In operation, a wafer of unpolarized ferroelectric ceramic material is mounted (by means not shown) under the top plate 102 and the thumbscrew 106 is tightened until the undersurface of the wafer is in contact with the electrodes. The switch 115 is then closed and, preferably, the press 100 is placed in an oven so that the wafer is heated during application of the poling voltage. In an actual experiment a 5 millimeter thick wafer of lead zirconate titanate was mounted in contact with the interdigitated electrodes and was heated at about 80 the poling field of 20 kV/cm. was applied to the electrodes. The electrodes were then removed and plate and bottom electrodes were deposited as illustrated in FIG. 4. The resultant transducer was capable of establishing a surface elastic wave in the ceramic wafer by application of a suitable A.C. voltage across the electrodes. Also, a surface wave established in the ceramic (by other means) was found to result in a measurable voltage across the electrodes. Relatively high voltages can be applied across the plate and bottom electrodes since the electric field is essentially confined to the ceramic material, unlike the case where operating voltages are applied to interdigitated electrodes.
It will be understood that numerous variations of the apparatus 100 are possible within the spirit of the invention. For example, the wafer could be laid directly on the slide and then held in place by the upper plate 102. Alternatively, the electrodes could be mounted on the upper plate. Also, various means could be provided for registering the electrodes with a particular location on the wafer or substrate. Chromium is found to be a durable electrode material that can be used over and over again for poling, but other suitable metals could be employed. After poling, the plate electrode can be deposited by any known means, such as sputtering through a simple mask aperture.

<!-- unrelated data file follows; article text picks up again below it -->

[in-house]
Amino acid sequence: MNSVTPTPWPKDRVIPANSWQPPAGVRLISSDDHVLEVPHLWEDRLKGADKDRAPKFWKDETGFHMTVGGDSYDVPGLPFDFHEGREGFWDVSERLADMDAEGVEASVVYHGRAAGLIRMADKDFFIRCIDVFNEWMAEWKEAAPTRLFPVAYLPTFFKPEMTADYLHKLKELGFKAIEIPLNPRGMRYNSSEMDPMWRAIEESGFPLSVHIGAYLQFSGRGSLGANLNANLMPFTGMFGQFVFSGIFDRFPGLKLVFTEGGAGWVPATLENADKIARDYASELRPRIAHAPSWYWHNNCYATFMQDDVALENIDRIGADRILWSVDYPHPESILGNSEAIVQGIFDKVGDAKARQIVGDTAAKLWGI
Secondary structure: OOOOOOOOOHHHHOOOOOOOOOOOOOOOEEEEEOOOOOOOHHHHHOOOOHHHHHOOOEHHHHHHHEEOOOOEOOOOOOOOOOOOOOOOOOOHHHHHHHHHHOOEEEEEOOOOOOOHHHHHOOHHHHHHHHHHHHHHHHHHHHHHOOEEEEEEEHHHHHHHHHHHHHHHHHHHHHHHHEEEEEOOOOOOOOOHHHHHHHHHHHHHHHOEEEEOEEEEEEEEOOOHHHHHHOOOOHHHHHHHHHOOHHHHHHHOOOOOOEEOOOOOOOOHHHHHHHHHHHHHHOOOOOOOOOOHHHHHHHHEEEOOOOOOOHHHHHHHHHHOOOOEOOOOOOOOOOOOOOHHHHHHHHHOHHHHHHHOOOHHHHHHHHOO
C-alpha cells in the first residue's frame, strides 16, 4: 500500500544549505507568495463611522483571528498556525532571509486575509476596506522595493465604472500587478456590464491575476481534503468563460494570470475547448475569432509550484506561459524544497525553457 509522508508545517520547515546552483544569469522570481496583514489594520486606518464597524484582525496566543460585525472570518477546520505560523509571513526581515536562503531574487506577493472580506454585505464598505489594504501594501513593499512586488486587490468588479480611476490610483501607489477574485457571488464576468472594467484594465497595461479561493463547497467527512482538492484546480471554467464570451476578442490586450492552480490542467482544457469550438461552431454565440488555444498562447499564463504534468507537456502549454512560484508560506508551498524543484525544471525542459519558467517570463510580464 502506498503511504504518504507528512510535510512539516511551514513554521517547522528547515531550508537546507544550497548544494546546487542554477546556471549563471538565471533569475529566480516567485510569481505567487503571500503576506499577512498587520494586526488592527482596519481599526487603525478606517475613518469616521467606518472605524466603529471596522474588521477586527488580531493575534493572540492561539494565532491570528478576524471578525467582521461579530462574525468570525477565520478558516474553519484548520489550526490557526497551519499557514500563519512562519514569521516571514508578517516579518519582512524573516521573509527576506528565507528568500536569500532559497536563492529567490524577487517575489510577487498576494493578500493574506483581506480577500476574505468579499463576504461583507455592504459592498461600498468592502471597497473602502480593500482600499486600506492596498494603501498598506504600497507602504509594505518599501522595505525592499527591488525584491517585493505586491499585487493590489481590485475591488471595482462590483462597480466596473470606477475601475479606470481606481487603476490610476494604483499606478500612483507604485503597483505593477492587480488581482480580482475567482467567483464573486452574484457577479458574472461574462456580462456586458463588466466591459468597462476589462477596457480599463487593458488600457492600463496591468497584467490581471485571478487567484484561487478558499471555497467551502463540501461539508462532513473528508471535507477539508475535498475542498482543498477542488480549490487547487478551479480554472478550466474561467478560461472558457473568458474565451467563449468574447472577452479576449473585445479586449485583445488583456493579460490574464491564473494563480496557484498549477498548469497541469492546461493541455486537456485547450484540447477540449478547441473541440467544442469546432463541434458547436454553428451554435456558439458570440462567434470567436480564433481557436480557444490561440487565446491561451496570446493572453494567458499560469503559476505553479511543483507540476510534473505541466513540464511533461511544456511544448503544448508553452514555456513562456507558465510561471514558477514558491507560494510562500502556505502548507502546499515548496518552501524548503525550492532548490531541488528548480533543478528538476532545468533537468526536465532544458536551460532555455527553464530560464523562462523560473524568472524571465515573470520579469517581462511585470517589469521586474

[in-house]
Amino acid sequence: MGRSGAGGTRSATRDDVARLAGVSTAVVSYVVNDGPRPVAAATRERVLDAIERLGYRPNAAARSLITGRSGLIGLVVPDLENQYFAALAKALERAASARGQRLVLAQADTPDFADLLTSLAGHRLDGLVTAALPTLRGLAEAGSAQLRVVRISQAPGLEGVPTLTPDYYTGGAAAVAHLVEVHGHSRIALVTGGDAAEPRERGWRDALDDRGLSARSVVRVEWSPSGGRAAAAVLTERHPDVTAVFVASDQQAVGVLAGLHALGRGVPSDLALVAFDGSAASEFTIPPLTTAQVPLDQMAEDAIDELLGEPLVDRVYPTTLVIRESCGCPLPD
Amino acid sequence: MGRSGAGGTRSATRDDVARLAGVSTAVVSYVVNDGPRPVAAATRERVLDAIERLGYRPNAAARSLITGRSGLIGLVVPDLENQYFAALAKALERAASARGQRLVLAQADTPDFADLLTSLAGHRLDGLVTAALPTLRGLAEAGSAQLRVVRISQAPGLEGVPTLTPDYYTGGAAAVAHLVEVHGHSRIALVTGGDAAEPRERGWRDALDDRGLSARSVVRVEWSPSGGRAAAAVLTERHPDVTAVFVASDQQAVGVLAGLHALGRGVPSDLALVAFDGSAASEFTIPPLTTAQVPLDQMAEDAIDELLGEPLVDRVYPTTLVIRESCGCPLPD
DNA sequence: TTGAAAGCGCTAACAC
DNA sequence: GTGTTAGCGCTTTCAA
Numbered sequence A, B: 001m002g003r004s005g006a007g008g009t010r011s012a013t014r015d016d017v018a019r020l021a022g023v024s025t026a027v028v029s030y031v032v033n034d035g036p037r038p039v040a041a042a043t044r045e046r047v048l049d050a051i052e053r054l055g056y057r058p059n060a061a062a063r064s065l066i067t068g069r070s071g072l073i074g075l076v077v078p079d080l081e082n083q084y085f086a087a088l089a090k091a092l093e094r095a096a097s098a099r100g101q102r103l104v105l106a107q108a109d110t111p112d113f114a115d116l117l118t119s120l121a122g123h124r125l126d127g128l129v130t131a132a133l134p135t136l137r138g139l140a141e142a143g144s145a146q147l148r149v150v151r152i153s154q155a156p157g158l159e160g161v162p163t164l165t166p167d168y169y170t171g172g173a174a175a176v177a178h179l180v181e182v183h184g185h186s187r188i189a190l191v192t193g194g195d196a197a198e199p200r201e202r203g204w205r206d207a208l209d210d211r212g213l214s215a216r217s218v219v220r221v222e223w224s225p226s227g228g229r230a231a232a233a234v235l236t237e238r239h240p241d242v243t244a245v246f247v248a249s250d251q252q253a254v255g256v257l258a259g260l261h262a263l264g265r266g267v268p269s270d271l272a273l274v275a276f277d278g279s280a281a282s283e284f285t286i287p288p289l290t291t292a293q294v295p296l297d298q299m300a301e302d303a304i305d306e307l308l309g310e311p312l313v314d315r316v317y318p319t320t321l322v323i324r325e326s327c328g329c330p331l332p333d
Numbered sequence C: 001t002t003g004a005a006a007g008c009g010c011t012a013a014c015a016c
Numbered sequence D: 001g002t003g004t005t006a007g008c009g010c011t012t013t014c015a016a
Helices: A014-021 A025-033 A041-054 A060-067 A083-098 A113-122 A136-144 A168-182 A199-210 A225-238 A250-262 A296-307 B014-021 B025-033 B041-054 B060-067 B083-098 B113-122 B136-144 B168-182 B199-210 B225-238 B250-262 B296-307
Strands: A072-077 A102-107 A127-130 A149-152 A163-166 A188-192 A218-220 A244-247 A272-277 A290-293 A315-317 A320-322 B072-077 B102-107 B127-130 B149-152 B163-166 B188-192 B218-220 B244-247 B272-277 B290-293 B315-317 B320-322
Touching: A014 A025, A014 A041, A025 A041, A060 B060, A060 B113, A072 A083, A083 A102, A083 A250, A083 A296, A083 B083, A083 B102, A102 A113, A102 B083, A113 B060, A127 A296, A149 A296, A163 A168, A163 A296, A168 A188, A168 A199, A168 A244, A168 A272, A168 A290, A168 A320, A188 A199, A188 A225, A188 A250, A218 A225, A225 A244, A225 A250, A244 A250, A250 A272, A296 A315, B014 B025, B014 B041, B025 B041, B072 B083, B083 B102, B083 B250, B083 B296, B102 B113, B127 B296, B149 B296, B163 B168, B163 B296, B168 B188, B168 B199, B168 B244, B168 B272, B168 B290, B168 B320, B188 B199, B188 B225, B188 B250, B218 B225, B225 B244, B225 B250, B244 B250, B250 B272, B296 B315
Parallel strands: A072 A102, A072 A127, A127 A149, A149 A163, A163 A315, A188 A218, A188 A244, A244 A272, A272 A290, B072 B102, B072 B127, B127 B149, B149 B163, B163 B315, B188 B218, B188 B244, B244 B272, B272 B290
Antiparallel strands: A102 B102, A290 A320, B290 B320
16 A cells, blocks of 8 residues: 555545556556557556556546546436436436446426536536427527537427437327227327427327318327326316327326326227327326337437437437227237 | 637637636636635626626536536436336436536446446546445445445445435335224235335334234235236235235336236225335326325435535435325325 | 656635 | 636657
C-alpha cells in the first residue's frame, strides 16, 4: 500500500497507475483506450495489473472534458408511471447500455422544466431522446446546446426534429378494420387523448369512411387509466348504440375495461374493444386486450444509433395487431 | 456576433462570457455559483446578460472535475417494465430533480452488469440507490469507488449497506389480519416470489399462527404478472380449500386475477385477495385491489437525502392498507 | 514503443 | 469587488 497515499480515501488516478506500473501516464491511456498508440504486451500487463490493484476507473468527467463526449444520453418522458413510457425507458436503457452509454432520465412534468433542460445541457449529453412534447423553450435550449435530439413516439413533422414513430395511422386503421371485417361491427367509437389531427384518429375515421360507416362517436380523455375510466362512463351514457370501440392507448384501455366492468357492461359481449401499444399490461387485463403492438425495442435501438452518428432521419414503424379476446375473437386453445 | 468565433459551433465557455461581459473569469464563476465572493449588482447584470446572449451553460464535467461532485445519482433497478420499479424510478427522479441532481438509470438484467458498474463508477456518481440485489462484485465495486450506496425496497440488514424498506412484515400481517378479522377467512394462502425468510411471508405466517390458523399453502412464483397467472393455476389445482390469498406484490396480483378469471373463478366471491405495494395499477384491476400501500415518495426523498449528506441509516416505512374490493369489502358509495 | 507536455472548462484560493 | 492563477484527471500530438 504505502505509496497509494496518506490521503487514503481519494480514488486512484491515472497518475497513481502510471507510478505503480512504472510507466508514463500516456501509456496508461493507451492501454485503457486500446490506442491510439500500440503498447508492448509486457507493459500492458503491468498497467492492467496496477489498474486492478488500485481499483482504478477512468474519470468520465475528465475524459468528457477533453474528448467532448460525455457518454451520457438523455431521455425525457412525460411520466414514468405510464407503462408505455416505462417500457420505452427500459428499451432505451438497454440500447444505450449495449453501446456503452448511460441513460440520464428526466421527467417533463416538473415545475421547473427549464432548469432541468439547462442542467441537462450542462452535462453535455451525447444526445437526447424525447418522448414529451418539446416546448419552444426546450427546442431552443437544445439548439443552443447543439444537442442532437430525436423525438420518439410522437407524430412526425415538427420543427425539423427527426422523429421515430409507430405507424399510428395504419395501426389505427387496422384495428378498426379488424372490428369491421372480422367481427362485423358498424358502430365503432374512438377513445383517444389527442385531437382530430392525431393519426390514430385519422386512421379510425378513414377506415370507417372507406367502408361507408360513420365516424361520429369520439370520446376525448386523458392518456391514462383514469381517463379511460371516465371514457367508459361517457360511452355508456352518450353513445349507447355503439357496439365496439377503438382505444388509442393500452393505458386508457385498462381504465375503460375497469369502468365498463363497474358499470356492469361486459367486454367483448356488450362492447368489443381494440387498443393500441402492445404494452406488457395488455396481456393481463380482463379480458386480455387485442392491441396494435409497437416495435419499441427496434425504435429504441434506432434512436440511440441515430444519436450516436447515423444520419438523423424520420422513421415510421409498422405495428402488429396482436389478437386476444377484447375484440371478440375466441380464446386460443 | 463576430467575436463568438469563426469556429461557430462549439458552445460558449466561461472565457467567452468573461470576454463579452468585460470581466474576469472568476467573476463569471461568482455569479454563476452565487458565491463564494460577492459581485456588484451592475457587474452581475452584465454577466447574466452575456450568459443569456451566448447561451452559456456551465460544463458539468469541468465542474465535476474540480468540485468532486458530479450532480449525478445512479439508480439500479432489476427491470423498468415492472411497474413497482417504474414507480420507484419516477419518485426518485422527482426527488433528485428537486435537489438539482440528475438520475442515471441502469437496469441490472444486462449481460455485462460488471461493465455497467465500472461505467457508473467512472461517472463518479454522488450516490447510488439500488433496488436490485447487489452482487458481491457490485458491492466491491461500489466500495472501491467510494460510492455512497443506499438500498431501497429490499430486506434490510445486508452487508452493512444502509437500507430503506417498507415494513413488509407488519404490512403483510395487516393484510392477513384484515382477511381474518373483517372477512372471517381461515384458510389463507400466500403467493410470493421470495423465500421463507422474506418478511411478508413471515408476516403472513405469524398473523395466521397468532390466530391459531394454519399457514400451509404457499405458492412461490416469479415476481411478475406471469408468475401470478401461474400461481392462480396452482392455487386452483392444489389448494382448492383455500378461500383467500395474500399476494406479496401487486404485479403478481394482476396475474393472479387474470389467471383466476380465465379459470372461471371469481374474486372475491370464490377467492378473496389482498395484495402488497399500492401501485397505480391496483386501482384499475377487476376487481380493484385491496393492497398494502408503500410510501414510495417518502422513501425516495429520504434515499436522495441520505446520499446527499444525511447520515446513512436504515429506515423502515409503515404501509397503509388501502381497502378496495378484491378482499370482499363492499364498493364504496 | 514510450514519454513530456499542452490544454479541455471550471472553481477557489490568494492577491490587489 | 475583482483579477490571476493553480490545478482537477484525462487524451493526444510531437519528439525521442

The transducer of the present invention is particularly well suited for utilization in a variable delay device of the type shown in FIG. 9. The device 200 of FIG. 9 includes a first wave generating transducer 201 which may be of the construction shown in FIG. 4. The wave receiving transducer 202 in this device includes a metal plate 203 that is slidably mounted over a region that has a substantially sinusoidal poling pattern formed in the unpoled ferroelectric substrate 205. The pattern is obtained in the manner previously described and dotted lines indicate the positions that were occupied by electrodes during poling. As before, a metal electrode 206 is disposed over the underside of the substrate 205 and is coupled to ground reference potential. An input terminal 211 is coupled to the plate electrode 207 of transducer 201 and an output terminal 212 is coupled to the slidable electrode 203.
Operation of the device 200 is similar to that of the device of FIG. 4. Specifically, when an A.C. voltage is applied at terminal 211 (with respect to ground) a surface elastic wave is generated under plate electrode 207. This wave is received under the plate electrode 203 where it is transduced back to an electrical signal. The delay time depends on the propagation velocity of the surface wave and is a function of the distance between the transducers. This distance can be changed to vary the delay, as desired. Also, the functions of the two transducers could be reversed so that transducer 201 acts as a receiver of waves generated at transducer 202.